In 2017, the Finn flew across the Atlantic at the top of the table. Second place at Rallye Monte-Carlo was backed up by a win in Sweden and Latvala was Mexico-bound with a four-point cushion behind his Yaris.
It didn’t last long. Toyota’s dream start to a WRC return after 18 years away came off the rails in spectacular fashion on the León-based event.
Friday morning had been scrubbed after an unrelated traffic accident slowed the movement of cars back from a spectacular pair of Mexico City stages. So, the gravel debut of the then all-new generation of World Rally Cars had to wait until after lunch.
Not far into the 55km El Chocolate test, the split times for Latvala and Toyota team-mate Juho Hänninen began to slide away. No surprise, Latvala was first on the road as championship leader and bound to suffer. And Hänninen? He was sick.
But by the end of the test, sweeping the road was the least of Latvala’s problems. He quickly dispensed with the end-of-stage interview and moved down the road. Distracted and trying to get more information from the team, Latvala said: “It’s too hot. Much too hot.”
It was the way he said it, with real urgency. Latvala knows his way around a car as well – if not better – than most of his colleagues and he knew something was amiss. It wasn’t just the engine, but the differential as well, that was overheating and compromising his ability to slow the Yaris.
Video: Rally Guanajuato Mexico Toyota onboards
The car crawled back into service and, performance wise, was turned right down for the weekend. Latvala and Hänninen completed the shortened route sixth and seventh, both around five minutes behind winner Kris Meeke.
Of the four all-new cars, the Yaris WRC had been exposed as the one most susceptible to the high temperatures and thin air at altitude. Part of the reason for this was the speed with which the Toyota was put together. Unlike Volkswagen five years earlier, there simply hadn’t been time to bring the Yaris to México to test in these conditions.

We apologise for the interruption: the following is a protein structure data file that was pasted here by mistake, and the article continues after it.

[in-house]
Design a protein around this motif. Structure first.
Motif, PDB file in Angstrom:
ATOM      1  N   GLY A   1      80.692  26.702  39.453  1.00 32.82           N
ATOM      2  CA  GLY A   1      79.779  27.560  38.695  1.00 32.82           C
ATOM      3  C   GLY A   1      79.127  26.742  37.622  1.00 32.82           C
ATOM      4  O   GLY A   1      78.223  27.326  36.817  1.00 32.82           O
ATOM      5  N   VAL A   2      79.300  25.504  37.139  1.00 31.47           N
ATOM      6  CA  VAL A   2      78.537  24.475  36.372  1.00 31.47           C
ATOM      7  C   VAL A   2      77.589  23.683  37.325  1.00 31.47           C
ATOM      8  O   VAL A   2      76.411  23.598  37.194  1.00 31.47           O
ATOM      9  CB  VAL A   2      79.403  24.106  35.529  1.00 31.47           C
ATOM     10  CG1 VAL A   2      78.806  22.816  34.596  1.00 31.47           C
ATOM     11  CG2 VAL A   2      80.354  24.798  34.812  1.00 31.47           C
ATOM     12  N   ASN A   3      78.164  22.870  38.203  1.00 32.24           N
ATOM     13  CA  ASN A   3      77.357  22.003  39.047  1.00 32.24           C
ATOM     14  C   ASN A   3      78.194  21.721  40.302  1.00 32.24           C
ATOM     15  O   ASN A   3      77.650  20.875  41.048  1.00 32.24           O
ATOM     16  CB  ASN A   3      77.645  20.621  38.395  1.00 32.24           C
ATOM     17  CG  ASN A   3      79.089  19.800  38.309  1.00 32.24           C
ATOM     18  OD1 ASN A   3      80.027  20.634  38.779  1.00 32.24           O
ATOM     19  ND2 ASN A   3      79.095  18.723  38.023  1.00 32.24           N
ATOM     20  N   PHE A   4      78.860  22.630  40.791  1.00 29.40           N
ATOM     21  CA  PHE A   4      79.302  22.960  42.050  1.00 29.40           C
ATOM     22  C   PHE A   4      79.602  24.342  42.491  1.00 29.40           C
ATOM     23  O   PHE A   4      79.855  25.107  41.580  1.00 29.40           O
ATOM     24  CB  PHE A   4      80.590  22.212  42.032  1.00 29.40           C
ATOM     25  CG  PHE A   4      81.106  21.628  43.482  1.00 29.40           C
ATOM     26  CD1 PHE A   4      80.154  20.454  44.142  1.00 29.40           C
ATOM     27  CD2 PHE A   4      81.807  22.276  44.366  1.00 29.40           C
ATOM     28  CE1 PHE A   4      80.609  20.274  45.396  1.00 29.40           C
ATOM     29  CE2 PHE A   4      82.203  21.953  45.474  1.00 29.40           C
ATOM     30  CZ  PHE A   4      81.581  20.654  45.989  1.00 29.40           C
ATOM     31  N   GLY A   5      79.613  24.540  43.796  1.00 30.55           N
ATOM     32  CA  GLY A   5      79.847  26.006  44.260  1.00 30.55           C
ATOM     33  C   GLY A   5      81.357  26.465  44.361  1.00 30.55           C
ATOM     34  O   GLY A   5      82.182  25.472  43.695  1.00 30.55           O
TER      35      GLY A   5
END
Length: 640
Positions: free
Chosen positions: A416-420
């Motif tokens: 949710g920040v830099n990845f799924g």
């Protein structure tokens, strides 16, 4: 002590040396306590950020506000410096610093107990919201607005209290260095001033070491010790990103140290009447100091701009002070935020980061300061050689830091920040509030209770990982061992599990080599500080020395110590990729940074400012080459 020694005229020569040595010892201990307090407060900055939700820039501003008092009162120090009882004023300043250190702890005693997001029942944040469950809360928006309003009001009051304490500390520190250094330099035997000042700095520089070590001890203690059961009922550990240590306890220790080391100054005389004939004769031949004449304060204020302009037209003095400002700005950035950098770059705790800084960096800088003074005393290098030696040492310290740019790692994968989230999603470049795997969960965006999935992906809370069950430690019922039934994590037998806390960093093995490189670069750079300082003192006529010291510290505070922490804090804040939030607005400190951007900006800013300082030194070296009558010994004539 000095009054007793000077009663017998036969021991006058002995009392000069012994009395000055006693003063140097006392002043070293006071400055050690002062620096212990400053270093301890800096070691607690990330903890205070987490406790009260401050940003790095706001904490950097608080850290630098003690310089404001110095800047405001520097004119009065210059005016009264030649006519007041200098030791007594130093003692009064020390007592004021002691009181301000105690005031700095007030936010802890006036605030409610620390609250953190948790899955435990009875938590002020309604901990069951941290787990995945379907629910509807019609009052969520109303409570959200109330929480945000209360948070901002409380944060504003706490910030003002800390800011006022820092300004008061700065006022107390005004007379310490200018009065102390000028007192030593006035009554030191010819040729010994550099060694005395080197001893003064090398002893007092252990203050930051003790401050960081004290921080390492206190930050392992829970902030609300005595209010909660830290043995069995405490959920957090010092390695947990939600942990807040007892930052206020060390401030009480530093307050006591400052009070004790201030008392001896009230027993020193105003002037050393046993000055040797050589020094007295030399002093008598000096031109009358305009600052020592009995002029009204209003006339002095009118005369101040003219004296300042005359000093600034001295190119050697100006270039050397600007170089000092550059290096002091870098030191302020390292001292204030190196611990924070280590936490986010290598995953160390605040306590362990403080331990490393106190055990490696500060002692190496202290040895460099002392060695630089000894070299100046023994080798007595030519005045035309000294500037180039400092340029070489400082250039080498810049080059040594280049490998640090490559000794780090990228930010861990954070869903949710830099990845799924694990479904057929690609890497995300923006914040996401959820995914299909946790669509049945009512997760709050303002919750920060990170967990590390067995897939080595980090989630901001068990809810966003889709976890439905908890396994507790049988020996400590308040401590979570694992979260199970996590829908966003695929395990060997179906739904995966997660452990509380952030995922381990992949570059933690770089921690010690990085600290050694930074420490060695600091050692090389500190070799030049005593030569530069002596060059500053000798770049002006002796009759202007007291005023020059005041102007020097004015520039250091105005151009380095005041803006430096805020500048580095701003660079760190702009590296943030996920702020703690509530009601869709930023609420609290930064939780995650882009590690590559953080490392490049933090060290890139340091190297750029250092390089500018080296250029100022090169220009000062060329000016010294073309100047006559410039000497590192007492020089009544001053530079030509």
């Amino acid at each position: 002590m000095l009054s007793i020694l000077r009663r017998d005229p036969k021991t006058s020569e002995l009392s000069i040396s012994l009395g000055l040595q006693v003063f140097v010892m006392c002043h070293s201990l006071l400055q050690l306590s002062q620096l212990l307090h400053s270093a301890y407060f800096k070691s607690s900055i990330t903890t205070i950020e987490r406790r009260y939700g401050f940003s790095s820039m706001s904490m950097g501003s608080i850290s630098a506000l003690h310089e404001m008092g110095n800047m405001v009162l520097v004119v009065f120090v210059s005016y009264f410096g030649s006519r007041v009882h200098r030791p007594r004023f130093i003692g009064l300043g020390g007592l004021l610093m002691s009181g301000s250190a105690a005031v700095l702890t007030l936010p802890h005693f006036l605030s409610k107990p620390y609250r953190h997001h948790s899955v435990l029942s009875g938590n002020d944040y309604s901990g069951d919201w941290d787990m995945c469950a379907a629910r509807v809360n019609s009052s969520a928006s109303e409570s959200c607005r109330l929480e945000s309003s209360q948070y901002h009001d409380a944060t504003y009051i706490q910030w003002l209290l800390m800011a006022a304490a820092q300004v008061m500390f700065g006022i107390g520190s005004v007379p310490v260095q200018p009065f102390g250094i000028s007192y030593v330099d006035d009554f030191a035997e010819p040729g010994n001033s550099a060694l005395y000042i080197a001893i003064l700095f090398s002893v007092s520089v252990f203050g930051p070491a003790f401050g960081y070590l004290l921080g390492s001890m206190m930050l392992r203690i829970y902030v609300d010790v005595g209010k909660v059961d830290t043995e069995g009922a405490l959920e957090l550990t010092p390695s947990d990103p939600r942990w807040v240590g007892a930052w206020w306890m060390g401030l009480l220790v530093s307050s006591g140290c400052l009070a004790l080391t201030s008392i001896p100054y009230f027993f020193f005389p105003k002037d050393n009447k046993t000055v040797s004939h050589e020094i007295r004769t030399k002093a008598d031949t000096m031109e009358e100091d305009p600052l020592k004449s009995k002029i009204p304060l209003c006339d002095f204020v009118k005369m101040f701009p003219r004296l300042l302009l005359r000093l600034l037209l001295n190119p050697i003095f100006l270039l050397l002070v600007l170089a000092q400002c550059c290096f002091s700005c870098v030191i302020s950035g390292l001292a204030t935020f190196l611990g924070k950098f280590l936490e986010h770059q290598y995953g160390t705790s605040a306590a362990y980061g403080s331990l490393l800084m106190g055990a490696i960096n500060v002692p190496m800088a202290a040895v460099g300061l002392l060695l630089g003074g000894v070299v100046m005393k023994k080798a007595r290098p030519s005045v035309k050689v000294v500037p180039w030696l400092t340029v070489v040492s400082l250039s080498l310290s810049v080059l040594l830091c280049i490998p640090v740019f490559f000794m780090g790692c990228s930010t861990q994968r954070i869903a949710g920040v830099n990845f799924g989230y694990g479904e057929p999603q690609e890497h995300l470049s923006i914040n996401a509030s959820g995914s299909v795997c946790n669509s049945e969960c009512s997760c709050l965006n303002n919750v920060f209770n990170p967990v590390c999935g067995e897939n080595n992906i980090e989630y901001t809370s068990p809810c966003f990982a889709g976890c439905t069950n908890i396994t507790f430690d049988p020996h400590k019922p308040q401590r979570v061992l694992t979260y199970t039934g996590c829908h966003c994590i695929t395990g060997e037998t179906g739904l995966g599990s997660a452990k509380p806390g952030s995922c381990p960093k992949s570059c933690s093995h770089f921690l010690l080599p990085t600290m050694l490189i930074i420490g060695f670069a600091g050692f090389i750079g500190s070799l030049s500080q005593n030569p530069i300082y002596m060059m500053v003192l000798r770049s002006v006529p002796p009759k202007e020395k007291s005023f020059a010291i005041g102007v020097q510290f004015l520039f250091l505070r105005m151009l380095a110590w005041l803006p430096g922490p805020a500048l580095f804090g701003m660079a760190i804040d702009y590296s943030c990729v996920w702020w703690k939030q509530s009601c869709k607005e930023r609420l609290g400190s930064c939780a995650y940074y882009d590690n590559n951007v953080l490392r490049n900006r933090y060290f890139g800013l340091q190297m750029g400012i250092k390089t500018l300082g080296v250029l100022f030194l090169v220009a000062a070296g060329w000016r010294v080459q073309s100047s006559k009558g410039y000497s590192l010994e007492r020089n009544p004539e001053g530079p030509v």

The car’s cooling package hadn’t been able to cope once the midday sun was in full force, especially in the twistier sections like the Otates test.
Twelve months on and Toyota brought three Yaris cars to North America. The problems were there, but less pronounced. Again Latvala struggled, but on day one Ott Tänak looked to have things licked, just 11s off the lead on Friday night. The Estonian simply wouldn’t be drawn on an overheating issue. He was having none of it.
First thing the following morning and hearts sank in Toyota. He reached the end of the stage 2m46s down in a car which ‘feels like it has 20bhp’. He retired for Saturday.
The team had worked wonders on the software side, taking the engine closer to the edge to deliver power under the harshest conditions of the season, but still the lack of airflow – cooler air going in and warmer air coming out – was hindering the Yaris.
Further aerodynamic changes ahead of last season helped further and Tänak’s ability to edge Elfyn Evans for second place was testament to things improving, but the car still wasn’t at its most comfortable in the heat and thin air – as a cooked alternator on Latvala’s car proved.
This time? Problem solved. Three cars in the top five and, courtesy of Sébastien Ogier’s superb drive, the Mexican monkey well and truly off the team’s back.
How? Further aero evolutions and the sort of data analysis more experience competing at these conditions brings in terms of refinements to areas such as electronic mapping and engine tolerances.
The effort and advances weren’t lost on those at the top. Akio Toyoda, team chairman and Toyota Motor Corporation president, was impressed.
“We finally won Rally México,” he said.
“The first two years in México, we could not fight during the rally due to overheating. But our engineers have put a lot of effort into improve the cooling system and finally we reached the top of the podium. I also thank their fighting spirits for the Kaizen.”
Kaizen was exactly right.